“The attacks are occurring in regions of Georgia far from the zone of conflict in South Ossetia,” said Bush, who was in Beijing for the opening of the Olympics but spoke to Saakashvili by phone Saturday afternoon. “They mark a dangerous escalation in the crisis.”
Alexander Stubb, the Finnish foreign minister and chairman of the Organization for Security and Cooperation in Europe, noted that Russia, which has had peacekeeping forces in South Ossetia for years, could no longer be considered a mediator. “Russia is at the moment a party in this conflict,” Stubb said. Speaking in Helsinki on Saturday, he expressed little hope for a quick solution. Asked about the chances of a cease-fire and negotiations, he said: “On a scale of one to 10, we are at about two.”
The French government, which holds the rotating presidency of the European Union, urged Russia to accept a Georgian call for a cease-fire. The French presidency “underlines that the pursuit of military action would affect its relationship with Russia,” a statement said. French Foreign Minister Bernard Kouchner is due to visit the region Sunday.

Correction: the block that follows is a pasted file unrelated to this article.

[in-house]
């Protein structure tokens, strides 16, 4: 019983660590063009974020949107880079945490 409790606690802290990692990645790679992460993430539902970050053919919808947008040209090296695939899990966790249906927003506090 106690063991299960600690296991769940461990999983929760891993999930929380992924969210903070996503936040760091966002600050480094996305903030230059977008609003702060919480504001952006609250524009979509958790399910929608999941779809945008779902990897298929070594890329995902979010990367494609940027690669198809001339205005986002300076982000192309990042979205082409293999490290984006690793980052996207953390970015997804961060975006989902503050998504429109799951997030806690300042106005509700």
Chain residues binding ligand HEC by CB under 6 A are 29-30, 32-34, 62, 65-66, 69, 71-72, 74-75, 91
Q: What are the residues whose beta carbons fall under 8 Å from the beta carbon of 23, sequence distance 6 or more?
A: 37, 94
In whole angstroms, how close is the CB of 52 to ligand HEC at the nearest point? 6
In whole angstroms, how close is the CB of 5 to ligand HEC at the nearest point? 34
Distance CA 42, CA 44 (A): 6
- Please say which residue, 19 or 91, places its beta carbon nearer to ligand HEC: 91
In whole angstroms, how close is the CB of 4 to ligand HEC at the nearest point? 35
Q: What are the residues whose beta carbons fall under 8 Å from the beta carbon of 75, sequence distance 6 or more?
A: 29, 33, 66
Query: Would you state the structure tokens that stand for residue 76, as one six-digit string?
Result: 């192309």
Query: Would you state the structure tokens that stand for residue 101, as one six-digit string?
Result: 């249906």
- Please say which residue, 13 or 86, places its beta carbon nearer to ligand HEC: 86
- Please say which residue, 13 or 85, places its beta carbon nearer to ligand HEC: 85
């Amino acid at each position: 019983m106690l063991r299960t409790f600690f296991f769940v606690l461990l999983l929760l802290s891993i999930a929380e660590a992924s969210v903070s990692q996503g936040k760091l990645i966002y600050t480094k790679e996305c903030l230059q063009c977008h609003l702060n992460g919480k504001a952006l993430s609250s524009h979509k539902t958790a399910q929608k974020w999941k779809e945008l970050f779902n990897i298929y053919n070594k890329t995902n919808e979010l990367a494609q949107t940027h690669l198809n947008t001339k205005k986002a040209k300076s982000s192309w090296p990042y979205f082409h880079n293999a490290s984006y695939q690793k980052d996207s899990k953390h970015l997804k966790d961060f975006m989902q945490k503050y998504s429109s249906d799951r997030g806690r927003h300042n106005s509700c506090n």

Despite those efforts, combat continued for a second day Saturday and appeared to widen to other fronts. Separatists in Abkhazia, another section of Georgia seeking independence or integration into Russia, began shelling Georgian positions in the upper Kodori Gorge, the only part of Abkhazia controlled by the government in Tbilisi, Georgia's capital.
Saakashvili said Russian planes struck the Black Sea port of Poti, attempted to hit but missed a pipeline carrying Caspian Sea oil to Turkey, and bombed railway stations, among other nonmilitary targets. Doctors working in Gori said that Russian planes had struck two military field hospitals.
Saakashvili said Georgia had shot down 10 Russian SU-27 fighter jets (Russia has confirmed losing two). He accused Russia of attempting to sow panic among the population by targeting apartment buildings in Gori and homes in nearby villages.
“Russia is behaving like a rogue state,” he said.
Georgia has mobilized its reserves and is calling home 2,000 troops serving in Iraq for the fight against Russia.